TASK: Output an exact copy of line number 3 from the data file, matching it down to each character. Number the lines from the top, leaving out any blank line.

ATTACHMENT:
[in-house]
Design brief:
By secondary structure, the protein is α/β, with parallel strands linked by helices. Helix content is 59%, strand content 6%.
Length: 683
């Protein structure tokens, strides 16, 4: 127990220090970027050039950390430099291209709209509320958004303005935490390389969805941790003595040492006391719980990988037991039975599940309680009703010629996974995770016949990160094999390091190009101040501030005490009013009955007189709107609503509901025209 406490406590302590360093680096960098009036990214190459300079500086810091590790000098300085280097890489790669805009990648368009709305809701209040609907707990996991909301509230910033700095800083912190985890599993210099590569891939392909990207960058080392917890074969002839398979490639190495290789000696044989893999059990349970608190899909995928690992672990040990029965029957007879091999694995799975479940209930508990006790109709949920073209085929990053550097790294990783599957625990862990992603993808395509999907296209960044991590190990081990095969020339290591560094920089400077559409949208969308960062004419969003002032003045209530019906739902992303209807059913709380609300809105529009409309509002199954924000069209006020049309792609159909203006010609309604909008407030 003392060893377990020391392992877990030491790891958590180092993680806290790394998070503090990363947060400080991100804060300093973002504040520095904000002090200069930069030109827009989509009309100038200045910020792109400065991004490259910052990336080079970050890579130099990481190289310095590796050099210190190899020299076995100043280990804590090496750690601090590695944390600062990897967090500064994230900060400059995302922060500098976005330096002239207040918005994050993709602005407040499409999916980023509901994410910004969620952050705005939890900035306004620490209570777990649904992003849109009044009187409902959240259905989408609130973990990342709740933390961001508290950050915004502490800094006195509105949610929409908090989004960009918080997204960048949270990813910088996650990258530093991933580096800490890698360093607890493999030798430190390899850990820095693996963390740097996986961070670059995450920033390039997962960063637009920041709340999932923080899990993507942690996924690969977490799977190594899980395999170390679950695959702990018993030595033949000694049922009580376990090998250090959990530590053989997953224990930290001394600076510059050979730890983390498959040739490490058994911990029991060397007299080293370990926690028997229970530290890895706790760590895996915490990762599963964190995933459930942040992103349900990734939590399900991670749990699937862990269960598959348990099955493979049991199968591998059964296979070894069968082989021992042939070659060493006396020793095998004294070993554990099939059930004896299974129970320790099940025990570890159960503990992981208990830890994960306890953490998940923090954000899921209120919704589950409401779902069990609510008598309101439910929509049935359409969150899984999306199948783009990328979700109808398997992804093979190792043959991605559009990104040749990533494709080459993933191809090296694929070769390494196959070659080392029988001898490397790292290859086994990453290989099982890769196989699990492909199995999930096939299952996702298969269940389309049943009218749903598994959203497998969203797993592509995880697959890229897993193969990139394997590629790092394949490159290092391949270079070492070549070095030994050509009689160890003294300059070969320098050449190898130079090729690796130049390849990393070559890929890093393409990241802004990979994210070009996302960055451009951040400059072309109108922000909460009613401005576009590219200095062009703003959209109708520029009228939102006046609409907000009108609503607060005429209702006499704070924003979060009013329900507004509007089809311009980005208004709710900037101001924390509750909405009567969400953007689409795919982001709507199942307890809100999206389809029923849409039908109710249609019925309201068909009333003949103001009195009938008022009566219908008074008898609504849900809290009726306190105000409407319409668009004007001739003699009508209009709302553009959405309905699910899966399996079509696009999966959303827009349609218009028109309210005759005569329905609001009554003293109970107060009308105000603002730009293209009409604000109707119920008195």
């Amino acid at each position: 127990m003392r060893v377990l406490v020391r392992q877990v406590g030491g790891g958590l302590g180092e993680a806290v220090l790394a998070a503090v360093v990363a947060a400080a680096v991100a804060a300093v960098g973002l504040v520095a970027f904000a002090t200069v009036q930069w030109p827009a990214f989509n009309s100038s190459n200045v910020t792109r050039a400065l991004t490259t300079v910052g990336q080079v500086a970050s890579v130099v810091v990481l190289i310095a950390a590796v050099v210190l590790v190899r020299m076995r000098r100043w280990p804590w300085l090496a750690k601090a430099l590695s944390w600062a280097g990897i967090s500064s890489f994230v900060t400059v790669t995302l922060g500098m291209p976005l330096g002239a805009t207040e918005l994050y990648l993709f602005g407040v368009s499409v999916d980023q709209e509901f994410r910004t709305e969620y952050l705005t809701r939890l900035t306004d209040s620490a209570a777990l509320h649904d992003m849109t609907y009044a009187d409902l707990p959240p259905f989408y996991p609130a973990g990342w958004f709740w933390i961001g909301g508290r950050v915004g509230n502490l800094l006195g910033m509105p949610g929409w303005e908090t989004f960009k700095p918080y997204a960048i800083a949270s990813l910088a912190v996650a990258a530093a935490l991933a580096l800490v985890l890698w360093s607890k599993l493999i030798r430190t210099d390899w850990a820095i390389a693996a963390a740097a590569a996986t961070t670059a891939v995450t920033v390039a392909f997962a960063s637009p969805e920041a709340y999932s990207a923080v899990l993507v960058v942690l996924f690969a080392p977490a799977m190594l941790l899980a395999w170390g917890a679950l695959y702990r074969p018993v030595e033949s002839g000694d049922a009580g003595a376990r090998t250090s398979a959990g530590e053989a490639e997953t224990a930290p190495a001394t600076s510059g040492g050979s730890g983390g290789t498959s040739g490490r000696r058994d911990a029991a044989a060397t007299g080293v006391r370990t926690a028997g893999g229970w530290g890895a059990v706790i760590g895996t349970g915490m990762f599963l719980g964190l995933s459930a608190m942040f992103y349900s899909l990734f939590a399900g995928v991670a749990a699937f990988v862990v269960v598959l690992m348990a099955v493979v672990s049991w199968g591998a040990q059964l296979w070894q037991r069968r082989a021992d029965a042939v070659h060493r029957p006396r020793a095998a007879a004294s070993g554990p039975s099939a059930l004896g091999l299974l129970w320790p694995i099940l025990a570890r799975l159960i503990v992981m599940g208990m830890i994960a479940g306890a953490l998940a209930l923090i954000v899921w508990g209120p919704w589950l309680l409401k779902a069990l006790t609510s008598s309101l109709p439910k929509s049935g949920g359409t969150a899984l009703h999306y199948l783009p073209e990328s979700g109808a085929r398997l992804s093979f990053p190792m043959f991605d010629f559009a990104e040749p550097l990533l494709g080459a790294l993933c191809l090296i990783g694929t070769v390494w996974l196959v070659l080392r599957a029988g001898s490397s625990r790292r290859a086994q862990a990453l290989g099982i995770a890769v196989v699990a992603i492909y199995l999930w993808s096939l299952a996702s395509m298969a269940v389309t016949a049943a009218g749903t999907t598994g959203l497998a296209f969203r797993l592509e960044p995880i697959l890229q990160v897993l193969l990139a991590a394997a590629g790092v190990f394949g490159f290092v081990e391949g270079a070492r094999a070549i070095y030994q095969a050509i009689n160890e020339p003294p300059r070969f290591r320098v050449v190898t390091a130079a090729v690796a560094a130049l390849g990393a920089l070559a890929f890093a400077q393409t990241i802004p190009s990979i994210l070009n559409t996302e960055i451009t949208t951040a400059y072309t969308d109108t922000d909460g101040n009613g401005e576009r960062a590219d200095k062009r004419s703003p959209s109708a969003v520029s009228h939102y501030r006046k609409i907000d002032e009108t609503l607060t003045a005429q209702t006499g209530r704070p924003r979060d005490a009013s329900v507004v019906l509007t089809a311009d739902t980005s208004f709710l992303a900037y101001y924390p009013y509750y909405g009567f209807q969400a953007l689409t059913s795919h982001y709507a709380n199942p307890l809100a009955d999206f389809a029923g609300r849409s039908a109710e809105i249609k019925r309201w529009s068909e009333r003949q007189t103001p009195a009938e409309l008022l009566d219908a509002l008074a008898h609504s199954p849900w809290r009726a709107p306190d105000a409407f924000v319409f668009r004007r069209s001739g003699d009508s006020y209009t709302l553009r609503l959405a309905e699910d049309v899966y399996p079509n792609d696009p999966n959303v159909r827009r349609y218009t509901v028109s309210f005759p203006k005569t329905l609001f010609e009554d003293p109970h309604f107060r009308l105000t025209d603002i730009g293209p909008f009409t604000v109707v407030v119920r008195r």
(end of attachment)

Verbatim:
By secondary structure, the protein is α/β, with parallel strands linked by helices. Helix content is 59%, strand content 6%.